The Khunjerab was chosen to be the conduit of traffic between Pakistan and China because the gradient of the Khunjerab was less steep and thus easier to build a road over

The route that we are about to discuss offers the shortest distance between the plains of Pakistan and the Chinese border. For hundreds of years, traders from Peshawar, Bajaur and Swat used the route leading into Chitral and then following the length of its river up to the Boroghil Gap and the Wakhan to reach Xinjiang. From the Wakhan, they would cross the Wakhjir Pass and in a matter of days would be Tashkurgan – from where the routes to Kashgar, Yarkand and Khotan lay open. Even after the Afghans closed the border between Chitral and Wakhan in the 1930s, Hajis (Muslim pilgrims) from Xinjiang would still use the routes to go to Chitral and the after crossing the Lowari they would be at the Railway Station in Dargai within two days – and from then on, their journey would be entirely on the North Western Railway network until they reached the port of Karachi. The major hurdle used to be the Lowari Pass. But since the Lowari Tunnel was completed in 2017, this is no longer a hindrance. Once the Dir-Chitral Motorway is completed, the drive from Islamabad to Chitral Town will be a mere six hours compared to the eleven-hour journey to Gilgit. From there onwards there exist no major geographical obstacles, and all that would be required would be to build a two-lane road along the river passing Mastuj and the Yarkhun Valley up to Boroghil. Now, Boroghil would be better described as a gap rather than a pass, as it is a unique geographical point where the High Hindukush parts and an open grassland gradually declines down to the bed of the Oxus. From there, it is less than 50 km of Afghan territory to cross until you reach the base of the Wakhjir Pass. A road already exists on the Chinese side, linking the Wakhjir to Tashkurgan.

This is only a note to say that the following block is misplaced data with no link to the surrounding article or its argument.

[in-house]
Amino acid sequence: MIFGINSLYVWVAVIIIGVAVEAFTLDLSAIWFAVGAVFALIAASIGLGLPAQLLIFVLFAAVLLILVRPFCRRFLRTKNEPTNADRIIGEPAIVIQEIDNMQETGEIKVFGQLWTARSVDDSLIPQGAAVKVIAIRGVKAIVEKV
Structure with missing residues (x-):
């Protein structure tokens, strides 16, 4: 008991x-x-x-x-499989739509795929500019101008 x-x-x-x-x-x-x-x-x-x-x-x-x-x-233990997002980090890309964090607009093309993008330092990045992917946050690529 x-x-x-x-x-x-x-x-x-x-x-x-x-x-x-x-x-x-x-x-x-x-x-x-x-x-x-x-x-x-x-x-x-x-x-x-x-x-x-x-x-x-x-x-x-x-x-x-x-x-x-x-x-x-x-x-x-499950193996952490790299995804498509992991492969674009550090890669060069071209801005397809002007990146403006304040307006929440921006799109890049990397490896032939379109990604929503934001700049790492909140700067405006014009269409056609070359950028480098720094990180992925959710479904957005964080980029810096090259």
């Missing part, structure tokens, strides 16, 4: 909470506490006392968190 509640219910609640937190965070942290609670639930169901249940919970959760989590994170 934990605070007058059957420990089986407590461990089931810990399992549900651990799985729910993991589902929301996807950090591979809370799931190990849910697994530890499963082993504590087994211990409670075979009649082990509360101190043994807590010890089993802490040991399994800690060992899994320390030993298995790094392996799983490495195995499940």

Road to the Wakhjir Pass

The only issue with this route is a political one, the fact that traffic will have to transit via Afghanistan – even if it is only a very short distance – to reach China. There can be several solutions to this problem. In this day and age of global finance, everyone wants a piece of the pie. A government in Afghanistan is no different. China and Pakistan can give many incentives to Afghanistan to allow unhindered access through the Upper Wakhan. The current Taliban administration in Kabul would be more than ready to agree to such an arrangement. The re-establishment of this ancient trade artery – once used by everyone from the Bactrian Greeks to the Tibetans to Marco Polo for crossing through the Wakhan – would bring unprecedented prosperity to not only Chitral but also, and especially, Badakhshan of which Wakhan is a part. Also, the Wakhan offers easy access to Tajikistan, which lies just across the Oxus and can serve as a conduit of One Belt One Road trade, linking CPEC with the Central Asian arm which goes through Tajikistan and Kyrgyzstan. It would also open up Pakistani vehicles to travel to Tajikistan and the large market that is Uzbekistan. Both Dushanbe and Tashkent can receive goods from Gwadar and Karachi using this route. and as Uzbekistan is already connected to the trans-Eurasian road and rail networks, it could mean access for Pakistani goods all the way to Russia and even Western Europe.

Pakistan and China are both countries which have an immense amount of influence in Afghanistan and now is the perfect time to develop the Wakhjir route which is the only viable alternative to the Khunjerab. Nothing but co-prosperity can result from this – and that, too, in one of the most remote parts of the globe.


The author is the ceremonial Mehtar of Chitral and can be contacted on Twitter: @FatehMulk

The author is the ceremonial Mehtar of Chitral and can be contacted on Twitter: @FatehMulk